Cryptocurrency Taxation Laws in Europe and America

  • December 3, 2019

Ever since their inception in 2009, cryptocurrencies have been a major issue of concern for governments. Given that the digital currencies are decentralized, many sovereign governments don’t know what stand to take. Also, regulating the currencies and imposing taxes on them has proved to be a challenge. 

It is no surprise that America and Europe are in the limelight over how they deal with the cryptos. These two superpowers could positively impact the mass adoption of cryptocurrencies, depending on what moves they make. 

So, what is the state of cryptocurrency regulation in these two regions? Let’s have a look below.

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Cryptocurrency Taxation in America

Cryptocurrency taxation in the US has been a subject of discussion for quite some time now. Although the US government has been quite vocal in expressing its doubts over the digital currencies, there were no legal laws on the matter until recently. 

On 25th March 2014, the IRS released a notice concerning their stand on cryptocurrencies. According to the notice 2014-21, the IRS views cryptos as property, instead of a currency. As a result, the body would impose general property tax laws on cryptocurrencies. 

In early October, after 5 years of being silent on the issue, the IRS announced new changes to the previously issued draft. The new notice declared that US taxpayers would have to report their crypto earnings or face penalties from the body. 

The updated notice was just a draft that the body sent to key players in the industry to get their views within a month.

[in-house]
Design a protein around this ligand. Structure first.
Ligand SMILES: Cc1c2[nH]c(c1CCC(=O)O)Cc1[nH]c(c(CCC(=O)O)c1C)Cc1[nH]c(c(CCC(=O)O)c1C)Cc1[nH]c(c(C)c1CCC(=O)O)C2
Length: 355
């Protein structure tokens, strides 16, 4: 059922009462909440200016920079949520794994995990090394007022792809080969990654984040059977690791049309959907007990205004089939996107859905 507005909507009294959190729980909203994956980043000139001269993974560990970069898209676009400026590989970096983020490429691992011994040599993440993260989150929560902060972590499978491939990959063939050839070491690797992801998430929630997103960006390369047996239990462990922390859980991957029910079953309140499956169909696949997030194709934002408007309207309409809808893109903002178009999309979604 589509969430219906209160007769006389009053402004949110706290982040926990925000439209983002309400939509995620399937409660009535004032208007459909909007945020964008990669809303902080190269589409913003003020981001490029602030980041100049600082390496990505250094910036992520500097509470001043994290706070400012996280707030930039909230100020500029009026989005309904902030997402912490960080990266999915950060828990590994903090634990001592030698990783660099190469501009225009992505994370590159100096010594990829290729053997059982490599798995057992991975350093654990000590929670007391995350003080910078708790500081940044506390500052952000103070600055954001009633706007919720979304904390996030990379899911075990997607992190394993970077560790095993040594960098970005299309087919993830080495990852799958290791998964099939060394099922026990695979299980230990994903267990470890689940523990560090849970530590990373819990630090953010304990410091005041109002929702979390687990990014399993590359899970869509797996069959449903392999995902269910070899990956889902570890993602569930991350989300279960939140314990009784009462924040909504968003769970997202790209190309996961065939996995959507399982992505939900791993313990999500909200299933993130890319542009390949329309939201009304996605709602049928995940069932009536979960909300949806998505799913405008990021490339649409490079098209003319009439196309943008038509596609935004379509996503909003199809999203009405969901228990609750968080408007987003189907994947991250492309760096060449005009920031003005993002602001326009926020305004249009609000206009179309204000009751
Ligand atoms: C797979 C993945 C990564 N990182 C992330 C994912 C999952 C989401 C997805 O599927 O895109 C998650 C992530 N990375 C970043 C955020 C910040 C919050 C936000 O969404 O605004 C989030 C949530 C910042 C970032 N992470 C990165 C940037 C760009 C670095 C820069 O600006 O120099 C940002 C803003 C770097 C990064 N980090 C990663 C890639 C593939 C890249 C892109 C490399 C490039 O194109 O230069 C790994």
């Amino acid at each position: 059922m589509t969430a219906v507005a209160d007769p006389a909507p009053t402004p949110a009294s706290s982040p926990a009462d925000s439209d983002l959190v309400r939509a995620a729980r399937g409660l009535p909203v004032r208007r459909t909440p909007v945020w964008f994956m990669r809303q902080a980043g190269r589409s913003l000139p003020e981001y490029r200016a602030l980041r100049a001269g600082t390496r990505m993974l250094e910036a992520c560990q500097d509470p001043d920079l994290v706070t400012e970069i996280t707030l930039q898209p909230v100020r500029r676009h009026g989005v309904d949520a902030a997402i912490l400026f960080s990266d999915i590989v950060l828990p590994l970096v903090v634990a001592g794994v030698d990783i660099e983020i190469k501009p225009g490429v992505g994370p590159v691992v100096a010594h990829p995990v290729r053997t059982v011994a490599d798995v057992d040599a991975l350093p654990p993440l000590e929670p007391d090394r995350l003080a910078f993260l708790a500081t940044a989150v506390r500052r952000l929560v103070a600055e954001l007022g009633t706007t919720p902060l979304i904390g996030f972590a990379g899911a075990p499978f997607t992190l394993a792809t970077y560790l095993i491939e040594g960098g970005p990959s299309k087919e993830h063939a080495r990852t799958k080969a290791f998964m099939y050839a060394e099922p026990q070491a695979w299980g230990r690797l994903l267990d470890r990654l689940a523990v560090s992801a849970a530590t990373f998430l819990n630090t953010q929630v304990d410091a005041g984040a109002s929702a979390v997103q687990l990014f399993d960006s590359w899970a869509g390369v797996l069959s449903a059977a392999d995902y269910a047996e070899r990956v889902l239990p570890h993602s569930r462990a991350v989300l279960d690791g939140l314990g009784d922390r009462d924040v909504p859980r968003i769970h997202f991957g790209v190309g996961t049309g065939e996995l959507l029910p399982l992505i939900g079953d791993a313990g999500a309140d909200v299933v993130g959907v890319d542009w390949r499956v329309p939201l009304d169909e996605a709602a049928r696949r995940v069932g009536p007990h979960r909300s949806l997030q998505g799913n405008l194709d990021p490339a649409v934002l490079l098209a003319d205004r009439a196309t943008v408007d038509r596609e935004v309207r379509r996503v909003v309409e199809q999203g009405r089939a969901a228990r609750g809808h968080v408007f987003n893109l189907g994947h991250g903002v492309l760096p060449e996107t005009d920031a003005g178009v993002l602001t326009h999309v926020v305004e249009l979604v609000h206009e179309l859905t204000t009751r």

The notice was received with much relief at first. However, upon further inspection of the document, crypto users identified some loopholes. 

One major concern is the issue of taxing cryptocurrencies traded before 2018. Initially, the December 2017 tax overhaul allowed crypto traders to defer the tax on the gain of a transaction, given that the trader invests the return in the same property. The new regulations, however, state that taxes on like-kind cryptos cannot be deferred, even if they occurred before 2018. 

Although there are a few things to be straightened out, it is clear that the government is looking to regulate cryptos in US, which could be some good news for crypto traders in the region. This may also increase adoption of cryptocurrency in the region. Companies such as BlockCard have been at the vanguard of promoting crypto adoption by enabling users to buy products using their crypto currency in stores that accept VISA.

Cryptocurrency Taxation in Europe

The state of crypto regulation is almost similar in Europe. The EU, as a bloc, has no known laws on cryptocurrencies. Generally, cryptocurrencies are legal in the region. However, individual regulatory bodies in the countries pull the ropes when it comes to the taxation of cryptocurrencies. 

In Germany, exchange platforms are exempt from taxes. Individuals on the other hand, are not and need to pay tax on profits that are greater than €600. Cryptos that are used to buy goods or services are also subject to tax. 

France already has some tax regulations in place. In 2018, the French Council of State announced that retail traders would have their taxes reduced by a great deal. Regular traders have their profits classified as either industrial or commercial profits. Occasional transactions generate non-commercial profits which are exempt from tax. 

Switzerland seems to have embraced cryptocurrencies well. The country is home to the Libra association and Ethereum Foundation headquarters. The Canton tax structure is in use in the country, where crypto holdings attract different tax levies in different regions. 

Europe and America are global leaders and it is not unusual that crypto investors are looking at these two regions. It remains to be seen what role these two regions will play in the crypto world. However, it is clear that tax regulations are in place and it is just a matter of time before the two regions come up with tax laws that are acceptable by all key players in the industry.